Autumn 2020 is upon us as we enter the 4th quarter of an unforgettable year. The President has Covid, we are less than 30 days from a historic (possibly contested) election, no agreement yet on additional stimulus, raging wildfires out west, and an all-important earnings season is just days away. We always say that markets don’t like uncertainty and it’s hard to remember a time in recent history with more uncertainty than now. So how are the markets somewhat stable, and what’s propelling them upward? This is a fascinating moment in history of which we haven’t witnessed before, but there are some reasonable explanations for why markets are performing well in the face of tremendous uncertainty.
The third quarter was a bit of a rollercoaster ride with record performance in August followed by a September correction. September is historically a volatile month and 2020 was no different. The Nasdaq corrected over 10% in a matter of days only to rally towards the end of the month. The Dow and S&P 500 also dipped and rallied but not to the same extent of the tech-heavy Nasdaq. All of the major indices ended the quarter positive for the year, which is a feat on its own all things considered.
Economic Data and the Housing Market
Economic data is strengthening for the most part. The unemployment rate is dropping slightly with both new jobless claims and continuing claims decreasing. Consumer confidence is also rising somewhat as are both ISM manufacturing and non-manufacturing. Housing is on fire as both new and existing home sales rise and prices surge. Low mortgage rates are only adding fuel to the fire as cheap money makes it easier to afford more for those in search of a new home.
The Money Supply
There has been much discussion recently about stimulus and the Fed pumping money into the economy. In fact, M2 money supply (calculation including cash, checking deposits, savings deposits, money market securities, mutual funds, and other time deposits) has grown by at least 20% from $15.33 trillion at the end of 2019 to $18.3 trillion at the end of July 2020 according to CNBC.com. This is an extraordinary increase considering M2 growth has never exceeded 15% prior to 2020. More money in the system and cheap money (interest rates at or close to 0%) are intended to resuscitate an economy suffering from high unemployment and massive uncertainty.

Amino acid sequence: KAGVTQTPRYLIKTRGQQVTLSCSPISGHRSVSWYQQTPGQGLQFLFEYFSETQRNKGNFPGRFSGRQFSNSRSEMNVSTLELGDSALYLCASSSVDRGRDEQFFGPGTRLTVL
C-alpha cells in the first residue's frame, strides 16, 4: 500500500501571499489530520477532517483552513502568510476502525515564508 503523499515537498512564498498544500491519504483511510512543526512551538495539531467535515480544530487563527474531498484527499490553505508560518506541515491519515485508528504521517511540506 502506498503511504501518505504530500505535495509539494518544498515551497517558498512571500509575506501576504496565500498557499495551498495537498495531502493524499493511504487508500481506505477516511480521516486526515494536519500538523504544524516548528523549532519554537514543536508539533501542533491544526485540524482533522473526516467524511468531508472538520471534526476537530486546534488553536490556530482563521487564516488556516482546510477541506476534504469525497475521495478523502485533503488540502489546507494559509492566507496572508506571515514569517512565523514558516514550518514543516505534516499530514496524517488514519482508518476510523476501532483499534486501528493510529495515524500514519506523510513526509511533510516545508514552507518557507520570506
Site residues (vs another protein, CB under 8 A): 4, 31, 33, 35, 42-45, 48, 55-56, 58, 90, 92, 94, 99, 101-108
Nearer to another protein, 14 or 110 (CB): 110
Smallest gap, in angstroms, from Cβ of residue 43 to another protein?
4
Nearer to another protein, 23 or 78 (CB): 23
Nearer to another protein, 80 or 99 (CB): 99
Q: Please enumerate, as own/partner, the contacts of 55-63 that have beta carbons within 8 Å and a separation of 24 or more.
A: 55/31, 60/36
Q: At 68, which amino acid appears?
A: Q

Don’t Fight the Fed
The old adage that says don’t fight the Fed reigns true. As long as the Fed remains accommodative and interest rates remain low, markets seem to ignore most of the other uncertainty. The Fed has become the ultimate backstop for financial markets and Fed Chairman Powell has remained steadfast that interest rates will not rise until at least 2023 unless inflation starts to run rampant. Although low interest rates hamper yields and savings rates, they still provide the basis for economic growth which our current economy is banking on.
We anticipate 3rd quarter corporate earnings to be solid as the country continues to reopen. Additional stimulus is needed to prevent further layoffs across many sectors and we believe both Republicans and Democrats will come to some agreement to provide this bridge to help Americans still suffering from the economic effects of the virus. There are positives and negatives to the upcoming election and it’s still too soon to predict who will come out on top. However, we believe the country will prosper in the future and we will place the virus in the rear view mirror sometime in 2021. It’s been a rough road for the first 3 quarters of this historic year, but we believe a vaccine will be introduced, as well as, new therapeutics in 2021 that will help get us to the other side. We certainly have some healing to do, but better days will come.
Stay tuned and stay safe!
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